Fusarium Wilt

Fusarium oxysporum   (imperfect fungus)

 Most plants are susceptible to some degree. Most commonly found on alder, bay tree, catalpa, elm, laurel, madrone, magnolia, mimosa, maple, oak, and olive.

This fungus is present in most agricultural, nursery, and landscaped soils.

 Root wounding such as construction damage, transplanting, leaking gas lines, soil compaction. Also, nematodes, soil insects, drought, flooding, sudden heating of soil after cool season, low soil pH, excessive ammonia nitrogen, boron deficiency, low calcium and potassium deficiency are all contributing factors.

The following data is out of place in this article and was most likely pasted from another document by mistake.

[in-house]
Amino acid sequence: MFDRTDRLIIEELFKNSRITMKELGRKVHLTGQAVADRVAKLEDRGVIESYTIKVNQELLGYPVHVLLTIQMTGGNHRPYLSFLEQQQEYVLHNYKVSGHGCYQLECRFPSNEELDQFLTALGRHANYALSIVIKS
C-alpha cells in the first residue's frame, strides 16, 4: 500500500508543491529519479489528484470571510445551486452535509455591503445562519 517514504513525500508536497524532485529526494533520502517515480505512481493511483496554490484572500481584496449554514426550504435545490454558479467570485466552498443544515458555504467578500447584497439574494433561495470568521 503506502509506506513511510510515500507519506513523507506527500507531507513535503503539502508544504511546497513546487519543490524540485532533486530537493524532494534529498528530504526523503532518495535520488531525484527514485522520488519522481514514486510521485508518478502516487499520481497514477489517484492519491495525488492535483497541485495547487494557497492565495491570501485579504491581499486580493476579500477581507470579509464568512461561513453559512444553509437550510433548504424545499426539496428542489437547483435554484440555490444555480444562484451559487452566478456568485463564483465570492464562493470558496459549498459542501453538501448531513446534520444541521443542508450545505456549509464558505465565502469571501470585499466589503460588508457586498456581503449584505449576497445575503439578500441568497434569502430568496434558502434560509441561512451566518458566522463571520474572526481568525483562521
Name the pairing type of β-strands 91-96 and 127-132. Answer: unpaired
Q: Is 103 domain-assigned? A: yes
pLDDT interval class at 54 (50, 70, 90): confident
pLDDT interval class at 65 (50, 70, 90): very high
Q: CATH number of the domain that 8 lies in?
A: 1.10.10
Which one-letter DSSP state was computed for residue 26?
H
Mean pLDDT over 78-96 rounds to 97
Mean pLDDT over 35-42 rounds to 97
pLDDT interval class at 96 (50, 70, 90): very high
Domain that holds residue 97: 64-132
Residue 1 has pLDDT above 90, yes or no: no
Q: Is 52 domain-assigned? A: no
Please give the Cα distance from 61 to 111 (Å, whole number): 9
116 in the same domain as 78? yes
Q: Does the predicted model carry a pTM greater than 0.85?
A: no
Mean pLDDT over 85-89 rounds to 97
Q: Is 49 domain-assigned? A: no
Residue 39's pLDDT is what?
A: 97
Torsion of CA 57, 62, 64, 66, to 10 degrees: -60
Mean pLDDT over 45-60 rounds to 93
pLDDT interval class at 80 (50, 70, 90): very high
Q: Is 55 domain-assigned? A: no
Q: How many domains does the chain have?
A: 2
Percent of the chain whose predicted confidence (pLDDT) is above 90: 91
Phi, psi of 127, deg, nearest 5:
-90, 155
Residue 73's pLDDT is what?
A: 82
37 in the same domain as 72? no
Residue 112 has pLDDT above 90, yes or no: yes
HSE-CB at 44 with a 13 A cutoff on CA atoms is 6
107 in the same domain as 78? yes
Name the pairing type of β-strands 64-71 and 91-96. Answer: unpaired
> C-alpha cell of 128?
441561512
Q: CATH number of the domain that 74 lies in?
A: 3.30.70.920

The symptoms include wilting or yellowing of some leaves, first on scattered top branches, often causing leaves to hang down. Leaves eventually die and drop. Death to tree usually within 18 months, depending on environmental conditions. Trunk and branches have a red to brown ring of discolored sapwood. Xylem often plugged with brown gum. Small branches may have one-sided wilting with the bark flattened over the collapsing tissue and a slight tendency to turn inward (“shepherd’s crook”).

This fungus is completely soilborne, infection generally arising from hyphae or by germination of two main spore types: microconidia and macroconidia. With its specialized, thick-walled resting spores (chlamydospores), it can survive long periods of unfavorable environmental conditions. In the presence of the proper host, these cells germinate when more moisture and higher temperatures are available.